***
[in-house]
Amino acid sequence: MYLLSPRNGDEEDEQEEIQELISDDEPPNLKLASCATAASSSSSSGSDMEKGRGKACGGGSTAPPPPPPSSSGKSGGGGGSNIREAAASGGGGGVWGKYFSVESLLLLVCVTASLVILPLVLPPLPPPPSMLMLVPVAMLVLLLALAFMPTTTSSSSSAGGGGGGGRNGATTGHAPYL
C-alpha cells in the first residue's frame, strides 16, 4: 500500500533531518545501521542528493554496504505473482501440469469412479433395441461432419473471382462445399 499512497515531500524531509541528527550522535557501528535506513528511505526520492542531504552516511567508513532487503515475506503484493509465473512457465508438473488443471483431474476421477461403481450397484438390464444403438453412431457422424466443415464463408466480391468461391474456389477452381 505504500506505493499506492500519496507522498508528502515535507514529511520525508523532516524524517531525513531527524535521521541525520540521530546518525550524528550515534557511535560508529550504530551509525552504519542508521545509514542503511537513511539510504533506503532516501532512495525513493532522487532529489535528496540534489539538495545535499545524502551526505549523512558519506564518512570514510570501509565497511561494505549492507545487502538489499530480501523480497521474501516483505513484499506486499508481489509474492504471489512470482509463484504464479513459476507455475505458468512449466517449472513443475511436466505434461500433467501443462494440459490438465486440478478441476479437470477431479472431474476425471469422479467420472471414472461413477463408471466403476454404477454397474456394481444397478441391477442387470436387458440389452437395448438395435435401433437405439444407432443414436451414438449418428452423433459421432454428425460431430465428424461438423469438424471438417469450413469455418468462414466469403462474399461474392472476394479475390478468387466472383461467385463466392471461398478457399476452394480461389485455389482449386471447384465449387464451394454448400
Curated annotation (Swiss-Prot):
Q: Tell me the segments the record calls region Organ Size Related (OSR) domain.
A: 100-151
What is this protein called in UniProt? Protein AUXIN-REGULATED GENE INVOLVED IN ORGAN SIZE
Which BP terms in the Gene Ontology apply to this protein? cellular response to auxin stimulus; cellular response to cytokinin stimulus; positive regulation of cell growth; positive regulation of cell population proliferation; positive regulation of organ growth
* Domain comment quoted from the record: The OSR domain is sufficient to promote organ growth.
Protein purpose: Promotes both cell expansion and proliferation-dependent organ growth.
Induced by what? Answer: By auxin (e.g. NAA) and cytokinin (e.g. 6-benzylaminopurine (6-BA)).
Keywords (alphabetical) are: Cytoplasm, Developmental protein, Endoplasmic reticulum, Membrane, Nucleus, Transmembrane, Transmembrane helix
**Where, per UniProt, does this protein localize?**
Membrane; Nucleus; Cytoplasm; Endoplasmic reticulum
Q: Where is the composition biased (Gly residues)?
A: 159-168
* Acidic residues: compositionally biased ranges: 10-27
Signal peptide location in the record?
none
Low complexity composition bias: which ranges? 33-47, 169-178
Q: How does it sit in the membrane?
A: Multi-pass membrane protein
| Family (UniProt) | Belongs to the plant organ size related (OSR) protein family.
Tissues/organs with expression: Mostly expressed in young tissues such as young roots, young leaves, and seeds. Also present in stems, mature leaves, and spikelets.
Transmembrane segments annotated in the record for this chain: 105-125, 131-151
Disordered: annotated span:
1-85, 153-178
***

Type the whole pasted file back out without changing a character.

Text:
[in-house]
Amino acid sequence: MYLLSPRNGDEEDEQEEIQELISDDEPPNLKLASCATAASSSSSSGSDMEKGRGKACGGGSTAPPPPPPSSSGKSGGGGGSNIREAAASGGGGGVWGKYFSVESLLLLVCVTASLVILPLVLPPLPPPPSMLMLVPVAMLVLLLALAFMPTTTSSSSSAGGGGGGGRNGATTGHAPYL
C-alpha cells in the first residue's frame, strides 16, 4: 500500500533531518545501521542528493554496504505473482501440469469412479433395441461432419473471382462445399 499512497515531500524531509541528527550522535557501528535506513528511505526520492542531504552516511567508513532487503515475506503484493509465473512457465508438473488443471483431474476421477461403481450397484438390464444403438453412431457422424466443415464463408466480391468461391474456389477452381 505504500506505493499506492500519496507522498508528502515535507514529511520525508523532516524524517531525513531527524535521521541525520540521530546518525550524528550515534557511535560508529550504530551509525552504519542508521545509514542503511537513511539510504533506503532516501532512495525513493532522487532529489535528496540534489539538495545535499545524502551526505549523512558519506564518512570514510570501509565497511561494505549492507545487502538489499530480501523480497521474501516483505513484499506486499508481489509474492504471489512470482509463484504464479513459476507455475505458468512449466517449472513443475511436466505434461500433467501443462494440459490438465486440478478441476479437470477431479472431474476425471469422479467420472471414472461413477463408471466403476454404477454397474456394481444397478441391477442387470436387458440389452437395448438395435435401433437405439444407432443414436451414438449418428452423433459421432454428425460431430465428424461438423469438424471438417469450413469455418468462414466469403462474399461474392472476394479475390478468387466472383461467385463466392471461398478457399476452394480461389485455389482449386471447384465449387464451394454448400
Curated annotation (Swiss-Prot):
Q: Tell me the segments the record calls region Organ Size Related (OSR) domain.
A: 100-151
What is this protein called in UniProt? Protein AUXIN-REGULATED GENE INVOLVED IN ORGAN SIZE
Which BP terms in the Gene Ontology apply to this protein? cellular response to auxin stimulus; cellular response to cytokinin stimulus; positive regulation of cell growth; positive regulation of cell population proliferation; positive regulation of organ growth
* Domain comment quoted from the record: The OSR domain is sufficient to promote organ growth.
Protein purpose: Promotes both cell expansion and proliferation-dependent organ growth.
Induced by what? Answer: By auxin (e.g. NAA) and cytokinin (e.g. 6-benzylaminopurine (6-BA)).
Keywords (alphabetical) are: Cytoplasm, Developmental protein, Endoplasmic reticulum, Membrane, Nucleus, Transmembrane, Transmembrane helix
**Where, per UniProt, does this protein localize?**
Membrane; Nucleus; Cytoplasm; Endoplasmic reticulum
Q: Where is the composition biased (Gly residues)?
A: 159-168
* Acidic residues: compositionally biased ranges: 10-27
Signal peptide location in the record?
none
Low complexity composition bias: which ranges? 33-47, 169-178
Q: How does it sit in the membrane?
A: Multi-pass membrane protein
| Family (UniProt) | Belongs to the plant organ size related (OSR) protein family.
Tissues/organs with expression: Mostly expressed in young tissues such as young roots, young leaves, and seeds. Also present in stems, mature leaves, and spikelets.
Transmembrane segments annotated in the record for this chain: 105-125, 131-151
Disordered: annotated span:
1-85, 153-178